But in one sense Mr Clegg handed his opponents a recipe for his destruction by setting fairness as a test for the coalition's implementation of the promised cuts in the spending review.

Well he's certainly being tested now!

The public guillotine and the baying crowd

While strikes paralyse Paris and her provinces, in England the watchers wait and wonder where the chop will come.

The Guardian was first to splash how 'the UK's most respected independent tax and spend monitor' IFS exposed a fairness gap in the spending review cuts during their post-CSR briefing, using the proffered graph as the prime illustration of their calculations.

While admitting the difficulty in calculating accurately the full impact, acting IFS director Carl Emmerson announced unequivocally that the impact (as shown by the yellow line graph) was "regressive, not progressive," before prudently adding the rider (with which they would later absolve themselves) that this did not reflect on the fairness of the plan, since fairness is 'in the eye of the beholder'.

But by then the dirty deed had been done and editors everywhere had written their prepared headlines. It was a call to arms. They intended to claim their latest victim and reassert the power of the press over a politician who had shut them out during 5 ravenous days of coalition discussions.

Like a merry dance the press had been primed for this briefing session well in advance - they'd even had a practise run after the budget when Mr Clegg slammed the 'partial' IFS report against it.

Guardian Liveblogger Andrew Sparrow even noted how there was a neat symmetry between the IFS briefing and a simultaneous joint Q&A session with David Cameron and Nick Clegg on the subject, bemoaning the lack of cameras at the IFS which would have enabled 24-hr news channels to show both on split-screens.

And C4's economics editor Faisal Islam tweeted at the laughter in the IFS briefing which greeted "the most regressive graph in history".

What everyone seems to have overlooked in the course of this choreographed entertainment was the partner to the yellow line in the IFS' presentation: the white line.

Or at least everyone except Nick Clegg was conveniently hoodwinked. The Deputy Prime Minister actively grabbed at it, using it to contradict the IFS' assertive conclusions, knowing how he was the prey in their sights he attempted to use the weapon they'd provided for his defence.

Almost immediately an interview with the Guardian was arranged, which he used to accuse the IFS of 'distorted nonsense'.

The Guardian was the obvious title for the job as the repository of opinion formers and readers most likely to be swayed by any controversy over 'fairness'.

Lifting itself up on it's legs, the story now ran.

Reuters boasted 'Clegg rejects IFS austerity criticism'; The Daily Telegraph reported Nick Clegg says IFS claims poor will be hardest hit are 'nonsense'; The FT offered some balance Clegg hits back at criticism of UK cuts.

And that was the friendly treatment!

If you want to check through the pack of laughing hyenas in nearly 5,000 stories (so far) you are more than welcome.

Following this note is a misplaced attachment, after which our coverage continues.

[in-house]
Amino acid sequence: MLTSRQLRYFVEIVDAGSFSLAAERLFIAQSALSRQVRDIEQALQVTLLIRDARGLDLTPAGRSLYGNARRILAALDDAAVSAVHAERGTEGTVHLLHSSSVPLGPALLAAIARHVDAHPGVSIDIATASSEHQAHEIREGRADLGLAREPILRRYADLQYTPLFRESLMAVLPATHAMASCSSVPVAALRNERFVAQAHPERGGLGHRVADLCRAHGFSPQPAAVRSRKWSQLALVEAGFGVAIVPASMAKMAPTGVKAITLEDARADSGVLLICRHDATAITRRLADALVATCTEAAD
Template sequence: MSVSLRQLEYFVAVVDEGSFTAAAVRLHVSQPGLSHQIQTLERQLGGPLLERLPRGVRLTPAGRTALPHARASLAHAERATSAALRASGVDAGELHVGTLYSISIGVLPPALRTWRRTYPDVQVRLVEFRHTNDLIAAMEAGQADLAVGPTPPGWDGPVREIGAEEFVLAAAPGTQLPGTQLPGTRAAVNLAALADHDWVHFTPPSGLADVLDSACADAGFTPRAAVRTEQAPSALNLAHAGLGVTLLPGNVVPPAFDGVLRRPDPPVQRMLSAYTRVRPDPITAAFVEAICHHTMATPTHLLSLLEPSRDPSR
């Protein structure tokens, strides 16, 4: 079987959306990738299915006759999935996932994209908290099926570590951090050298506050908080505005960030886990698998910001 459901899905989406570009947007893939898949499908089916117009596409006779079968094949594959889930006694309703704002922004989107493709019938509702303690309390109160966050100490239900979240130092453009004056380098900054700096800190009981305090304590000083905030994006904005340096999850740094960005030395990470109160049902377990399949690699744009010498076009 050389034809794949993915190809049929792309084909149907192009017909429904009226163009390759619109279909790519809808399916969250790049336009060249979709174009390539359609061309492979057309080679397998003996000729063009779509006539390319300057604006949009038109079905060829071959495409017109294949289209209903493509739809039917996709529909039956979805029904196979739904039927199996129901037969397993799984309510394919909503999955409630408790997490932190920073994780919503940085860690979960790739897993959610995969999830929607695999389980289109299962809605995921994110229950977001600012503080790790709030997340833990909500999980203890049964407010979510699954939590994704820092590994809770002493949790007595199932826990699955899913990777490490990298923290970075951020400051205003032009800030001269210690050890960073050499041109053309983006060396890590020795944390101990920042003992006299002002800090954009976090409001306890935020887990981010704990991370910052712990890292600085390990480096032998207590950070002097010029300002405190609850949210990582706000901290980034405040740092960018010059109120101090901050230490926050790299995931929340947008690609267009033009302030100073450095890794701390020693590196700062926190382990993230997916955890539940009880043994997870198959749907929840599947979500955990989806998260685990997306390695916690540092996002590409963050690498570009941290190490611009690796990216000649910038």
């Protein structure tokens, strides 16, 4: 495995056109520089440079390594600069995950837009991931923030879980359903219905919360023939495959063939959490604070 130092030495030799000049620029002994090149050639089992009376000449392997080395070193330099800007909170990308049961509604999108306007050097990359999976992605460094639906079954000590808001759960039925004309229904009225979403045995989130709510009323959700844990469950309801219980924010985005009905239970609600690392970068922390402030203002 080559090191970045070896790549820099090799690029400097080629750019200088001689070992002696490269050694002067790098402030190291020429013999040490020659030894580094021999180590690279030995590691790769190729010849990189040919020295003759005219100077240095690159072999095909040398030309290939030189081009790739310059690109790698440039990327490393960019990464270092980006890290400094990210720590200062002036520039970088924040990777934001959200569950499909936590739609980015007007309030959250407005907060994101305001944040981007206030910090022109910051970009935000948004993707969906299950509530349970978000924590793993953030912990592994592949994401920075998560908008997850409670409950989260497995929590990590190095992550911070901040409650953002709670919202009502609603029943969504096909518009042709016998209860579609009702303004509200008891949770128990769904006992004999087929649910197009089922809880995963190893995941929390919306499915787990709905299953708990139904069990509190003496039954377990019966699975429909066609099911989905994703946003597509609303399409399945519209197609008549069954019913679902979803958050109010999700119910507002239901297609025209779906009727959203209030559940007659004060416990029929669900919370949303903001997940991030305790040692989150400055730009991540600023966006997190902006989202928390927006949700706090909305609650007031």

So although Nick Clegg was using conclusions constructed by the IFS, the IFS had pulled the rug from under his feet.

The IFS may be an acknowledged expert in policy analysis, but there are many of those. The IFS has gained its' hard-won tiger stripes as a canny operator within the Westminster jungle - respect is due for its' ability to successfully bait chosen targets... and feared for it.

Even by head-hunting the former top honcho at the IFS, Robert Chote, and installing him in the newly created Office of Budget Responsibility the coalition hasn't blunted the teeth of the IFS.

Clegg had been manoeveured into the trap, which was now sprung. wrote Clegg faces IFS 'trashing' backlash and the flurry of post-spending review opinion polls now announced LibDem support down to 10%, less than a third of the pre-election high.

Perhaps he knew better, but was powerless against the magic of these dark arts - as Mehdi Hassan in the Labour-leaning New Statesman intimates Mr Clegg was happy to give self-congratulatory praise the IFS during the election leadership debates which saw him briefly become the most popular politician in the country. Some coincidence.

With ironic gall Mehdi Hassan signs off, "And then our politicians wonder why the media and the public are so cynical and distrusting..."

Do they indeed?

On it rumbles, Mr Clegg looks wounded, the coalition may be teetering - even ranking hard-liners fear Labour will succeed in toppling the government.

ConservativeHome took up the baton.

It may not be natural territory for them but a quiver of reasons why the coalition is compassionate and good for the poor was hastily stocked, quickly increasing in number from 5 to 20 arrows.

But they were distracted by gains made at the expense of their partner - as Jonathan Isaby hazily admits with a hint of disinterest, the issue does have traction.

Words put in the mouths of the public confirm the pollsters conclusions that the soft underbelly of the LibDems was ripe for a hit, just as perceptions that the vulnerable and 'squeezed middle' would suffer from the 'savagery' of the deficit clawback.

Finally, the till-now conveniently absent Labour leader, Ed Miliband can be watched swooping down from his eerie in order to make the kill assiduously prepared for him by his cohorts.